[IMGCAP(1)]The old adage that there are two sides to every story remains true today, especially as it pertains to accountants.
The discipline of accounting is built on the fact that assets = liabilities / owner’s equity, a two-sided equation. However, when a budget, plan or forecast is prepared, typically it’s done in a vacuum with little, if any, regard for both sides of this equation.
The budgeting, planning and forecasting process focuses almost entirely on the income statement and treats the balance sheet and cash flow as an afterthought, not really connecting the three main reporting functions. That’s ironic since it’s the cash flow that is used to make critical decisions.
In order to build a comprehensive budget, plan or forecast, all three reporting components need to be synchronized and that can only happen when the two-sided equation is taken into account. Accountants and their financial counterparts can better prepare their budgets, plans and forecasts by creating a link between all key financial statements (profit & loss, balance sheet, and cash flow) and this starts during the budgeting process.
As anyone involved in the budgeting and forecasting process can tell you, there is a lot of tension when it comes time to put together a budget. Employees recognize it is for the good of the corporation, but no one likes to go through the process of lobbying for funds and justifying expenditures. There are, however, three steps that one can take to ease the process and be sure the budget accurately reflects the organizations needs and is thus linked across all three financial statements.
Establish a benchmark first: There isn’t much opportunity to forecast if you don’t know what you are currently dealing with. Long before the budget season begins, take the opportunity to meet with the sales and operation teams. For the sales group you can ascertain what volume or percentage of sales they can commit to for the next quarter in order to begin to map out a current forecast. With the operations teams, you can discuss how expenses and spending are progressing so far. For example, the marketing department may need to know the number of sales leads in the pipeline in order to adequately determine the need for catalogs. Even further, they need to know the revenue response rate per catalog and the average order size to properly forecast where and when sales will be coming in and how that can be translated into the catalog budget for next year.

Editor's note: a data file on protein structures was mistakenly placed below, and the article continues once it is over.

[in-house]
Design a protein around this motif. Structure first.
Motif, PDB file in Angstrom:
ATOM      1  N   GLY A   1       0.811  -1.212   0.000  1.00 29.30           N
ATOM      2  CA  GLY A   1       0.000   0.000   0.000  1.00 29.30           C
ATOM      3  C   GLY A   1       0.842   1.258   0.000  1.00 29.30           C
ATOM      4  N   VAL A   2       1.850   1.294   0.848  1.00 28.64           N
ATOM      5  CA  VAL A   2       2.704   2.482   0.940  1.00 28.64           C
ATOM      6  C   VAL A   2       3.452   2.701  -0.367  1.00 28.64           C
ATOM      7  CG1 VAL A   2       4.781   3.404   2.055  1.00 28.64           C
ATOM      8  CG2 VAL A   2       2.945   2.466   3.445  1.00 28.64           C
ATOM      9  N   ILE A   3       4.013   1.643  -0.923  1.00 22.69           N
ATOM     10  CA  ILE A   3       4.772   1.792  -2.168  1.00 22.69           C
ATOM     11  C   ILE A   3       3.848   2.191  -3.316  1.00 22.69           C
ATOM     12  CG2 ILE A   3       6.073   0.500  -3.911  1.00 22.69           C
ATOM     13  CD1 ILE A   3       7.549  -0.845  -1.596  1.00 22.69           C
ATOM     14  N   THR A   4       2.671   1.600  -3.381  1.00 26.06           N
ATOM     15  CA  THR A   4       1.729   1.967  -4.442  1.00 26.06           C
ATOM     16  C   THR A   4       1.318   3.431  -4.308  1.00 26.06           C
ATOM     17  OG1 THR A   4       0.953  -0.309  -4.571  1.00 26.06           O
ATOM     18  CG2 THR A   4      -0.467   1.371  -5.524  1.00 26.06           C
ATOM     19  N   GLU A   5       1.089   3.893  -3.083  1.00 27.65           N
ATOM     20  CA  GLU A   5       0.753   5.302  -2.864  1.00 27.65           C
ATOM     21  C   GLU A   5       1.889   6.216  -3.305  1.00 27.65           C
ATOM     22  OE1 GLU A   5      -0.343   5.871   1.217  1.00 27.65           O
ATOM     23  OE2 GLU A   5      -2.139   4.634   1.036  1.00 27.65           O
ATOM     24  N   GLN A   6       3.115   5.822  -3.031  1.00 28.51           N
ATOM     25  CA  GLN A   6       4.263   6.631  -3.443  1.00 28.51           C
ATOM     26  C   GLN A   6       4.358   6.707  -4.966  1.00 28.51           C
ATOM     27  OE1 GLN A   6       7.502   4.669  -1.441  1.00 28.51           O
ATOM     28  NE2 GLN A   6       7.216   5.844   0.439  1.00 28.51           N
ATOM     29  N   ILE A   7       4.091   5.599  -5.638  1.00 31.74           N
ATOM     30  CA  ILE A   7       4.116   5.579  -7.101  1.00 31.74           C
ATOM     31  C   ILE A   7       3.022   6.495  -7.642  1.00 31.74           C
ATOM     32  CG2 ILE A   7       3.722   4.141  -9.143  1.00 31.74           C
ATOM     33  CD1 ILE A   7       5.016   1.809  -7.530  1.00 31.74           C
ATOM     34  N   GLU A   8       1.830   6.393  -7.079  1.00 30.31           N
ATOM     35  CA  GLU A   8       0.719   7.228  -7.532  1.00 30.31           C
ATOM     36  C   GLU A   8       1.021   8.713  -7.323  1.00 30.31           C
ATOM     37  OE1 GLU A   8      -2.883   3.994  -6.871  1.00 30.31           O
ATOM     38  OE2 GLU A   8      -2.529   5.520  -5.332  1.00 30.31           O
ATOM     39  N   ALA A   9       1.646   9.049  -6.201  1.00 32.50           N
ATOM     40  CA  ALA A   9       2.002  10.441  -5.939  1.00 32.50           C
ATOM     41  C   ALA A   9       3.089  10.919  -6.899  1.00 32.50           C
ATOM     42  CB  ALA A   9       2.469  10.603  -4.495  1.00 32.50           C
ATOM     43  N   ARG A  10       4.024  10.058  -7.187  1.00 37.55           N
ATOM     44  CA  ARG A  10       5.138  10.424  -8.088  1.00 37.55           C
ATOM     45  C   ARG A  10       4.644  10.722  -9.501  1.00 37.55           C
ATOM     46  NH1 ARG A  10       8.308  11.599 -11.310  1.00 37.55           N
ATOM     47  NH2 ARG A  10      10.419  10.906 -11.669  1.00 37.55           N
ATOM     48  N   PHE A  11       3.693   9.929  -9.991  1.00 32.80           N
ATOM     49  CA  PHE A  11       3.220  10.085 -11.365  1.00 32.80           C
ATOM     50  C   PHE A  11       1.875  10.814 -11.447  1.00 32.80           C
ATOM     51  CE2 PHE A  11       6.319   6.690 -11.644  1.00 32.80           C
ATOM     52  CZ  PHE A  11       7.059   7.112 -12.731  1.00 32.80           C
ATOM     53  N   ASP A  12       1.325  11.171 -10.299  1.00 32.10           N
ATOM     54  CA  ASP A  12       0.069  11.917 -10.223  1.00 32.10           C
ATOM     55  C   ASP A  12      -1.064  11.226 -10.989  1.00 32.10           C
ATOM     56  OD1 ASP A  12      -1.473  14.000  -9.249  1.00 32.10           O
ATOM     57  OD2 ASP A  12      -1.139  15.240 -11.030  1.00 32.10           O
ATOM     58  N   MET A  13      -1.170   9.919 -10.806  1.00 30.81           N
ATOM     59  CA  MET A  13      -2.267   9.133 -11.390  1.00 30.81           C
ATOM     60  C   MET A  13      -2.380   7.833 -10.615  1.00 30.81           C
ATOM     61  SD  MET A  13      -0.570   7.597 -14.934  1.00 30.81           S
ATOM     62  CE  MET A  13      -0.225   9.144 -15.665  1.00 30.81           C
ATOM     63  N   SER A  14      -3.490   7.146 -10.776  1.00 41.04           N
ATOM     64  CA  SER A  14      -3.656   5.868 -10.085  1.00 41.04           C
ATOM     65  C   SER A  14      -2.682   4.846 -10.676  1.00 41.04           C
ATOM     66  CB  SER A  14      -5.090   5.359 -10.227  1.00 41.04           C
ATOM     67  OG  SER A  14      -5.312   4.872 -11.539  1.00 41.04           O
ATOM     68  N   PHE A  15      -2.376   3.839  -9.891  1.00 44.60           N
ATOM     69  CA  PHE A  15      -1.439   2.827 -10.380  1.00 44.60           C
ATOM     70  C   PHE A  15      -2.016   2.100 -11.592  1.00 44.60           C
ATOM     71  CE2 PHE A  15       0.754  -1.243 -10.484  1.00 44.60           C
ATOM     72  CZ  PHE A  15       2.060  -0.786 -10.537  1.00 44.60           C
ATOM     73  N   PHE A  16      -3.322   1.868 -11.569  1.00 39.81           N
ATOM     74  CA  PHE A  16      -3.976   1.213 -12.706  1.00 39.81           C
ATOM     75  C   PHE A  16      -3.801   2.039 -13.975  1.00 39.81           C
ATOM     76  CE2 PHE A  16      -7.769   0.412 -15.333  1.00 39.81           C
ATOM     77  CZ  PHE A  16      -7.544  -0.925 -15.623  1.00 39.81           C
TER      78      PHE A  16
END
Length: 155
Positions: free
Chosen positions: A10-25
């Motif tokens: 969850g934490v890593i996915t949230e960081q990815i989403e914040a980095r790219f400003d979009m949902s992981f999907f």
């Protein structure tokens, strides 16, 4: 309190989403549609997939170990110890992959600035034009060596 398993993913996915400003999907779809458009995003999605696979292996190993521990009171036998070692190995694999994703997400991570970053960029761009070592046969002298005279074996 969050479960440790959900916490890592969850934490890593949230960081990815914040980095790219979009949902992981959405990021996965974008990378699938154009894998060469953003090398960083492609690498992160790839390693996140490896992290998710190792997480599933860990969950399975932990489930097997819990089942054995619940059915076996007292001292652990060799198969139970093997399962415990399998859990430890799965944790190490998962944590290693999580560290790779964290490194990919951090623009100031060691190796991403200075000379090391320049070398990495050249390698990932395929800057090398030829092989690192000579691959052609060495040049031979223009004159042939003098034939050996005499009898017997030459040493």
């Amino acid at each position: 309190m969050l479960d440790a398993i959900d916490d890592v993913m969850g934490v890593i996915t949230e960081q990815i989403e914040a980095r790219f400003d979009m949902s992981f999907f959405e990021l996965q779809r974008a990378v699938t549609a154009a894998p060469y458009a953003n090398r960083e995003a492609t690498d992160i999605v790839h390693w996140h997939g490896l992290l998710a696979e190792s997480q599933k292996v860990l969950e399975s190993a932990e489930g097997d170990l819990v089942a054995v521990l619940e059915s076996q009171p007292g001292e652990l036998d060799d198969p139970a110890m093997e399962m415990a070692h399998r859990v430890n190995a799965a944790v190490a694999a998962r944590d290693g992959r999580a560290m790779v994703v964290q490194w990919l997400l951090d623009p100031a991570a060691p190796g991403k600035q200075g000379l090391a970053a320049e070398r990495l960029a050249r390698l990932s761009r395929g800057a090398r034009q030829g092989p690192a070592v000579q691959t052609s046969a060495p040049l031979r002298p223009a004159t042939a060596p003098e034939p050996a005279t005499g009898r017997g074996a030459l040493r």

Automate where you can: Budgeting is an incredibly time-intensive process and the opportunity for errors is boundless, especially when Excel is involved. How many times have you sent out an Excel document to be filled in, only to have people add templates, row and columns? And how many days did you have to spend undoing their “kind” edits? No wonder why it won’t upload into the general ledger system! Budgets are complex. Identify the places where you can automate the process to reduce errors and save your sanity.
Understand the cash flow impact: Cash is the lifeblood of your organization, and the statement of cash flows is the barometer by which management, lenders and investors measure the strength of your cash flow. Your ability to produce accurate and timely cash flow statements, and to perform analysis based on those accurate and up-to-date reports, is highly for assessing both the current health of your organization and making key business decisions. Knowing the timing, amount and predictabil¬ity of future cash flows should be an essential component of the budgeting and planning process at all companies.
When discussing the budget with the operational business leads, remind them that profit may be great, but cash flow can be dramatically different. The budgeted profit might look good on paper, but if it’s at the expense of negative cash flow for the first four months of the year, it doesn’t work.
Once your budget process has yielded acceptable annualized net income results, you must begin to analyze your balance sheet and cash flow on both an annual and monthly basis to truly understand what is happening in your business.
The key to analyzing your P&L, balance sheet and cash flow together is to prepare them in unison. Building your financial statements in concert provides you with the ability to quickly and accurately change your P&L and have the changes flow through the balance sheet and cash flow immediately.
John Orlando is CFO of Centage Corporation, a developer of business budgeting and forecasting software.
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